Europeans view Russia as the greatest threat they face, but China has made inroads, and threats from violent extremism and ungoverned spaces in the Middle East and Africa complicate an already complex security environment, the commander of NATO’s Allied Joint Force Command Naples said last week.
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Navy Adm. James G. Foggo III, who also serves as commander of Naval Forces Europe and Naval Forces Africa, spoke to reporters traveling with Acting Defense Secretary Patrick M. Shanahan at the Munich Security Conference.
The annual conference gives military and security leaders from around the world a chance to discuss issues -- both on the record and behind the scenes.
“The security environment today is complex and dynamic,” Foggo said. “As highlighted in the 2018 National Defense Strategy, the United States is in a great power competition with Russia and China. Russia is using force to change the internationally recognized borders of sovereign nations and to challenge international laws and norms. Through dialogue and solidarity within the alliance, I am optimistic we can achieve a more stable Euro-Atlantic region.”
Russian actions in invading Georgia in 2008, illegally annexing Crimea and fomenting war in Eastern Ukraine are a challenge to the one-time goal of a Europe “free, whole and at peace,” the admiral said. Russia also has increased tensions with the Baltic republics, propped up the Bashar Assad regime in Syria and violated the Intermediate-Range Nuclear Forces treaty, he noted. “Russia’s lone nuclear saber-rattling demonstrates they are more committed to escalation dominance than escalation avoidance,” Foggo said.
Ensuring Security in the Atlantic
The United States and NATO had to respond to this situation, and at the last NATO summit in Brussels, alliance leaders established the Allied Joint Force Command in Norfolk, Virginia, to help ensure allied security in the Atlantic. This is needed, Foggo said, because Russia is sending more capable submarines back into the North Atlantic, the Mediterranean and the Black Sea.
The admiral said six Kilo-class Russian submarines are in the Black Sea and eastern Mediterranean now. These are new craft that are much quieter and more capable than their predecessors, he explained. “The U.S. submarine force is still the quietest, most lethal and most capable, but the Russians see this as an area they can challenge the West, and they are investing in the capability,” he said.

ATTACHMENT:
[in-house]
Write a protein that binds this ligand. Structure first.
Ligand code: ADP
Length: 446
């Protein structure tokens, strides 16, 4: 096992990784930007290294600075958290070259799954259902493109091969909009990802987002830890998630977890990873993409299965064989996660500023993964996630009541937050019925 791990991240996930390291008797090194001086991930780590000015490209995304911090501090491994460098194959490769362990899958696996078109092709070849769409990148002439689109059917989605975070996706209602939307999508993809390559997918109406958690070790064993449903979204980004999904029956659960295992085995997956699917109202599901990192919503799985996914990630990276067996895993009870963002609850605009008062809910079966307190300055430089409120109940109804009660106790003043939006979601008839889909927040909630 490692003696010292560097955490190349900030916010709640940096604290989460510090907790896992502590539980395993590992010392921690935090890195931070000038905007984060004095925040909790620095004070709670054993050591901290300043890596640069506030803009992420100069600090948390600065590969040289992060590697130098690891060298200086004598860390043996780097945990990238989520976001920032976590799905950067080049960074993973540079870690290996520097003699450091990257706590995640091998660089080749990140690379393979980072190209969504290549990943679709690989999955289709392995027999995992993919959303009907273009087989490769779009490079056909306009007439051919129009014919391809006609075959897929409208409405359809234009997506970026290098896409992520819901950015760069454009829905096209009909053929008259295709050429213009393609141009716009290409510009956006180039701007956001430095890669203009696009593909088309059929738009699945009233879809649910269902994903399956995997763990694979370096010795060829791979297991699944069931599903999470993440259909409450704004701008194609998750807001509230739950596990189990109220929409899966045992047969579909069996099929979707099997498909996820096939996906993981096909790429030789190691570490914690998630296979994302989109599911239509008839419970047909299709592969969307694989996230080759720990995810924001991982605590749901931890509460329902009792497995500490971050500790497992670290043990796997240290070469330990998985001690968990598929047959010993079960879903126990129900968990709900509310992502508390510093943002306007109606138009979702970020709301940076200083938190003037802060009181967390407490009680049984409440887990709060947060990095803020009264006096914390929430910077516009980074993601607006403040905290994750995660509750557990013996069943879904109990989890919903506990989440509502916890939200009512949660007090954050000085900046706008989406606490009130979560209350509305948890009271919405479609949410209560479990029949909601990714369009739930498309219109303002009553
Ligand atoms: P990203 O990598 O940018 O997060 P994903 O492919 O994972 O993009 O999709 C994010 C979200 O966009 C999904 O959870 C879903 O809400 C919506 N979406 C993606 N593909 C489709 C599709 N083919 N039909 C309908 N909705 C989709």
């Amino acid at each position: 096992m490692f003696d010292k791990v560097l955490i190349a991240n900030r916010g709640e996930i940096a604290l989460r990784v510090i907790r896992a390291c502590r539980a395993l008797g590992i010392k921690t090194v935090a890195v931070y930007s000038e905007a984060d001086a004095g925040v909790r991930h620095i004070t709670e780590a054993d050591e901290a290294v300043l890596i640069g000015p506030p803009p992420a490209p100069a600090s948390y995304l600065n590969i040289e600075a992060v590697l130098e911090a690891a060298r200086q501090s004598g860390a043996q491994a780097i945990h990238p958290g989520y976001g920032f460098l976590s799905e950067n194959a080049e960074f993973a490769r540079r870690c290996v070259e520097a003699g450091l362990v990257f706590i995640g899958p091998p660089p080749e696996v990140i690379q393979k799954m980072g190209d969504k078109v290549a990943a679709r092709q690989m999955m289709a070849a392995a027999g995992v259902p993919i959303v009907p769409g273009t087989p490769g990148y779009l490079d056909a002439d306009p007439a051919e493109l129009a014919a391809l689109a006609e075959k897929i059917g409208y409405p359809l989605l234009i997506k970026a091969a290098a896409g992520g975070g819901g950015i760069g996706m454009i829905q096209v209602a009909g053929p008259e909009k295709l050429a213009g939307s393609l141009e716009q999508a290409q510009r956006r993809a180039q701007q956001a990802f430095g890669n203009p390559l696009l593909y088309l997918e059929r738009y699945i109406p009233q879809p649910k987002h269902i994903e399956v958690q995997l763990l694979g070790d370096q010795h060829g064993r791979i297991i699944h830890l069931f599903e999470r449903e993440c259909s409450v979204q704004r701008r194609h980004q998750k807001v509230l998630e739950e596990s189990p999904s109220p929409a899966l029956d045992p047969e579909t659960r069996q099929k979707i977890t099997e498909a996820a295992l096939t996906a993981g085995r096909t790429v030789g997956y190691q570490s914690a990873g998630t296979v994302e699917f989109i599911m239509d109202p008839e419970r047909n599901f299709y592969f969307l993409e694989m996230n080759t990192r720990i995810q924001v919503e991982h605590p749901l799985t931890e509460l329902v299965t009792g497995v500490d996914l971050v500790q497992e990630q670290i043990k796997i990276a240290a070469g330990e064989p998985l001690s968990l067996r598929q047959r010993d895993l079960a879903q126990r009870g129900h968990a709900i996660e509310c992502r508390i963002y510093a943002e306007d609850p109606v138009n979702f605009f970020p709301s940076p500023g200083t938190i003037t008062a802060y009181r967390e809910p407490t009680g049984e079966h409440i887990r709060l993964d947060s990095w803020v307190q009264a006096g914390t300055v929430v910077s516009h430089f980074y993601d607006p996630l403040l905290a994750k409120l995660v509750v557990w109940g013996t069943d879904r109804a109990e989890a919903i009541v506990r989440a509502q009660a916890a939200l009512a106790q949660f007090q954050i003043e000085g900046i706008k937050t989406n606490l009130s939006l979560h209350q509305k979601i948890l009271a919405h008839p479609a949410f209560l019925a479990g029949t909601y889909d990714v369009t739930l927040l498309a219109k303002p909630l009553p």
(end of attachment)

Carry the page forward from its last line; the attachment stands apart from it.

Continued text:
The U.S. Navy re-established U.S. 2nd Fleet partly in response to Russian actions. Russia has invested enormous sums in building naval capabilities.
Concrete responses include basing P-8 anti-submarine warfare maritime patrol aircraft in Sigonella, Italy. The command also is working with Iceland to upgrade the infrastructure at Naval Air Station Keflavik, where Navy P-8s will operate on a rotational basis.
“NATO also launched the ‘Four 30s’ initiative to reinvigorate a culture of readiness and ensure the alliance can employ 30 squadrons, 30 ships and 30 battalions within 30 days or less,” Fogo said.
Exercise Trident Juncture
In October and November, Foggo commanded NATO’s Exercise Trident Juncture in and around Norway. All NATO nations and Finland and Sweden participated in the exercise. It was the largest NATO exercise since the Cold War, with more than 50,000 troops, 250 aircraft, 70 ships and 10,000 rolling or tracked vehicles.
The exercise also included a demonstrating of the Navy’s new dynamic force employment strategy. The USS Harry S. Truman Carrier Strike Group joined Exercise Trident Juncture, and became the first aircraft carrier operating north of the Arctic Circle since 1987.
The exercise highlighted the alliance’s ability to respond to Russian provocations, the admiral said, calling it “deterrence in action.”
“A mantra with Trident Juncture is ‘deter, defend and dialogue,’” he said. “The exercise was deterrence on its own. It showed Russia that NATO will act together in an Article 5 operation.” Article 5 of NATO’s founding document states that an attack on one NATO ally is considered an attack on all.
One outgrowth of the exercise is that logistics should be considered a domain of warfare as much as land, sea, air, cyber and space, Foggo said. “People have said, ‘That’s not a domain; logistics is just something you do,’ he added. “But ask Alexander the Great about that. He said that ‘if I lose the battle, the first person I will slay will be the logistician.’”
Movement of people, equipment, information and capabilities are crucial to the fight, and this needs further study, the admiral said.
China is an immediate problem for Foggo’s counterparts in the Indo-Pacific region, but the country is trying to work its influence in Europe as well. The Chinese “One Belt, One Road” strategy forms the basis behind Chinese moves, and it is a long-term strategy that will take generations to employ. “They go places where we go, and where we don’t go, they fill in the seams,” Foggo said.
In Africa, China established a base in the strategic nation of Djibouti, very near the American facility at Camp Lemonnier. Chinese leaders and diplomats visit African nations constantly, and they are investing in ports all around the continent.
In Djibouti, Chinese personnel were lasing U.S. aircraft as they landed. After vociferous protests, the dangerous provocation stopped. If China wants to be a great power, it needs to behave maturely, Foggo said.
“NATO continues to be the most successful alliance in history, and we celebrate our 70th year in April,” the admiral said. “NATO has been and will continue to be the cornerstone of European defense and transatlantic security. We share the common goal of preventing conflict, and preserving peace and freedom for our people.”